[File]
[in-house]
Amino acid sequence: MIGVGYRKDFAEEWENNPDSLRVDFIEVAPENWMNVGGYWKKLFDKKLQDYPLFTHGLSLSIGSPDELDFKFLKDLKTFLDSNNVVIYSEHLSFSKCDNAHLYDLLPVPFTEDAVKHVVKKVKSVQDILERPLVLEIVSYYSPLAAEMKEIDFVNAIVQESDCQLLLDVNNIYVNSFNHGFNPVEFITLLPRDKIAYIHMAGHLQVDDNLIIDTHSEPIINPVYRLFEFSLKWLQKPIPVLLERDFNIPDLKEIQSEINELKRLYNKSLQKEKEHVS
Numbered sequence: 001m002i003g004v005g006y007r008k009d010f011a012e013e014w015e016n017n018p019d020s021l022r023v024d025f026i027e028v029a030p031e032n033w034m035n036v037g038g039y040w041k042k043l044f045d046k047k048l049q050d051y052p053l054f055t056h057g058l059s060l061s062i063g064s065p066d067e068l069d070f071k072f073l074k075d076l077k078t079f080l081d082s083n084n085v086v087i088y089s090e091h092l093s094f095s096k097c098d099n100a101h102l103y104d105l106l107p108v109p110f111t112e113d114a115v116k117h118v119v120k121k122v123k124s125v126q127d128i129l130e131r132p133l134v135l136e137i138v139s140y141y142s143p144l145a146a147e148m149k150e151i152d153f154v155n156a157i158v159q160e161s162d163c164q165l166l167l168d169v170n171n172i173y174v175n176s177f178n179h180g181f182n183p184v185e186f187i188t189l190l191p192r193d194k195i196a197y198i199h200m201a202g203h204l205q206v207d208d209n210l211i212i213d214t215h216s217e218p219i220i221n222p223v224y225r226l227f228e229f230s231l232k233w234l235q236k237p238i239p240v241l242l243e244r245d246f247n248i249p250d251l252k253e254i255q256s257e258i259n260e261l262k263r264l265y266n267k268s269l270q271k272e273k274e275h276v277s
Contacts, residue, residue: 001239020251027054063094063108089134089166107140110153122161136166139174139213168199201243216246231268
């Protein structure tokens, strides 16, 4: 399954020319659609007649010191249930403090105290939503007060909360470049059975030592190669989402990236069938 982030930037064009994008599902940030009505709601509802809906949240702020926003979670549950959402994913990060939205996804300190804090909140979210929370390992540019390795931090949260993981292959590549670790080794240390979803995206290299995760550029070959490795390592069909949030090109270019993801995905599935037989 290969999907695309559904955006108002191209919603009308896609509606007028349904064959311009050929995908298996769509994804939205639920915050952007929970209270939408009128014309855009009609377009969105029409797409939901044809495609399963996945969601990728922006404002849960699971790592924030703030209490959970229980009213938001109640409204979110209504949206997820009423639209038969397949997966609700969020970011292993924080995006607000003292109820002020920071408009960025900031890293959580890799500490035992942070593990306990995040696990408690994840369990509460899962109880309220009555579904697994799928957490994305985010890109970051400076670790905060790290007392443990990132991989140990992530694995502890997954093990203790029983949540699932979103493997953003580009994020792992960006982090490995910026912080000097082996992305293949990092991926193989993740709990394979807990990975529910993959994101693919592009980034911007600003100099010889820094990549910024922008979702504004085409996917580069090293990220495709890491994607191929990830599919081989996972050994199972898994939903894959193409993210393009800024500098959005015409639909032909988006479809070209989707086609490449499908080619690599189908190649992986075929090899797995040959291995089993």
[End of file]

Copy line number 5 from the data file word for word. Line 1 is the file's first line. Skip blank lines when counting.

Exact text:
């Protein structure tokens, strides 16, 4: 399954020319659609007649010191249930403090105290939503007060909360470049059975030592190669989402990236069938 982030930037064009994008599902940030009505709601509802809906949240702020926003979670549950959402994913990060939205996804300190804090909140979210929370390992540019390795931090949260993981292959590549670790080794240390979803995206290299995760550029070959490795390592069909949030090109270019993801995905599935037989 290969999907695309559904955006108002191209919603009308896609509606007028349904064959311009050929995908298996769509994804939205639920915050952007929970209270939408009128014309855009009609377009969105029409797409939901044809495609399963996945969601990728922006404002849960699971790592924030703030209490959970229980009213938001109640409204979110209504949206997820009423639209038969397949997966609700969020970011292993924080995006607000003292109820002020920071408009960025900031890293959580890799500490035992942070593990306990995040696990408690994840369990509460899962109880309220009555579904697994799928957490994305985010890109970051400076670790905060790290007392443990990132991989140990992530694995502890997954093990203790029983949540699932979103493997953003580009994020792992960006982090490995910026912080000097082996992305293949990092991926193989993740709990394979807990990975529910993959994101693919592009980034911007600003100099010889820094990549910024922008979702504004085409996917580069090293990220495709890491994607191929990830599919081989996972050994199972898994939903894959193409993210393009800024500098959005015409639909032909988006479809070209989707086609490449499908080619690599189908190649992986075929090899797995040959291995089993």